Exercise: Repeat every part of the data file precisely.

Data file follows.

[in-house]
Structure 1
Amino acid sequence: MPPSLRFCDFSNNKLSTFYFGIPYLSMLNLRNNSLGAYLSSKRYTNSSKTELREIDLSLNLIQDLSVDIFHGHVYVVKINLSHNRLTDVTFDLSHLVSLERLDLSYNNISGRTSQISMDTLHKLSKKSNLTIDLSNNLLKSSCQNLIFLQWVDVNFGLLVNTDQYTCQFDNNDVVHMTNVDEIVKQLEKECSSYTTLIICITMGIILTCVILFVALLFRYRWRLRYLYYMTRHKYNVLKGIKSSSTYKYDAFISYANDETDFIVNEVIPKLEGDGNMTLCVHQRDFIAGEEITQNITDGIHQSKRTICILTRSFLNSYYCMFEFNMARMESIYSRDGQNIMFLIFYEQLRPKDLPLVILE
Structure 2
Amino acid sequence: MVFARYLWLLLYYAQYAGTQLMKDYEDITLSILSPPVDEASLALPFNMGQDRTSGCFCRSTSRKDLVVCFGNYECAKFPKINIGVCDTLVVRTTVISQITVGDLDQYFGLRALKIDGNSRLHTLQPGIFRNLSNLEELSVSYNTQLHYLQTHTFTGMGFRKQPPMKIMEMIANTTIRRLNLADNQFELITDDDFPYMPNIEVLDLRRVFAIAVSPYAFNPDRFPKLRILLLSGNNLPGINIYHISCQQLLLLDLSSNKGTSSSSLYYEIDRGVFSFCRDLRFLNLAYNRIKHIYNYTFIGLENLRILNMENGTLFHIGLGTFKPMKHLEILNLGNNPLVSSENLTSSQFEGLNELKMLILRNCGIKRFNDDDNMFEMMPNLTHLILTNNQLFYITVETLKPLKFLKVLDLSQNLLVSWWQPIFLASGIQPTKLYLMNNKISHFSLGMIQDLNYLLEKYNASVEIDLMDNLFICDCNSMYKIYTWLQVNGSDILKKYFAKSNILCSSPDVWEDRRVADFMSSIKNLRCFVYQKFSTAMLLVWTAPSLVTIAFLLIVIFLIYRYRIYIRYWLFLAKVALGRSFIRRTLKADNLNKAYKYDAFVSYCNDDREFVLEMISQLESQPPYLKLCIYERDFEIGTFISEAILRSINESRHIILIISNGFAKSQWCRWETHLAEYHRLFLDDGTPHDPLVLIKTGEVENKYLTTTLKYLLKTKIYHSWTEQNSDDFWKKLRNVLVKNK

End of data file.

[in-house]
Structure 1
Amino acid sequence: MPPSLRFCDFSNNKLSTFYFGIPYLSMLNLRNNSLGAYLSSKRYTNSSKTELREIDLSLNLIQDLSVDIFHGHVYVVKINLSHNRLTDVTFDLSHLVSLERLDLSYNNISGRTSQISMDTLHKLSKKSNLTIDLSNNLLKSSCQNLIFLQWVDVNFGLLVNTDQYTCQFDNNDVVHMTNVDEIVKQLEKECSSYTTLIICITMGIILTCVILFVALLFRYRWRLRYLYYMTRHKYNVLKGIKSSSTYKYDAFISYANDETDFIVNEVIPKLEGDGNMTLCVHQRDFIAGEEITQNITDGIHQSKRTICILTRSFLNSYYCMFEFNMARMESIYSRDGQNIMFLIFYEQLRPKDLPLVILE
Structure 2
Amino acid sequence: MVFARYLWLLLYYAQYAGTQLMKDYEDITLSILSPPVDEASLALPFNMGQDRTSGCFCRSTSRKDLVVCFGNYECAKFPKINIGVCDTLVVRTTVISQITVGDLDQYFGLRALKIDGNSRLHTLQPGIFRNLSNLEELSVSYNTQLHYLQTHTFTGMGFRKQPPMKIMEMIANTTIRRLNLADNQFELITDDDFPYMPNIEVLDLRRVFAIAVSPYAFNPDRFPKLRILLLSGNNLPGINIYHISCQQLLLLDLSSNKGTSSSSLYYEIDRGVFSFCRDLRFLNLAYNRIKHIYNYTFIGLENLRILNMENGTLFHIGLGTFKPMKHLEILNLGNNPLVSSENLTSSQFEGLNELKMLILRNCGIKRFNDDDNMFEMMPNLTHLILTNNQLFYITVETLKPLKFLKVLDLSQNLLVSWWQPIFLASGIQPTKLYLMNNKISHFSLGMIQDLNYLLEKYNASVEIDLMDNLFICDCNSMYKIYTWLQVNGSDILKKYFAKSNILCSSPDVWEDRRVADFMSSIKNLRCFVYQKFSTAMLLVWTAPSLVTIAFLLIVIFLIYRYRIYIRYWLFLAKVALGRSFIRRTLKADNLNKAYKYDAFVSYCNDDREFVLEMISQLESQPPYLKLCIYERDFEIGTFISEAILRSINESRHIILIISNGFAKSQWCRWETHLAEYHRLFLDDGTPHDPLVLIKTGEVENKYLTTTLKYLLKTKIYHSWTEQNSDDFWKKLRNVLVKNK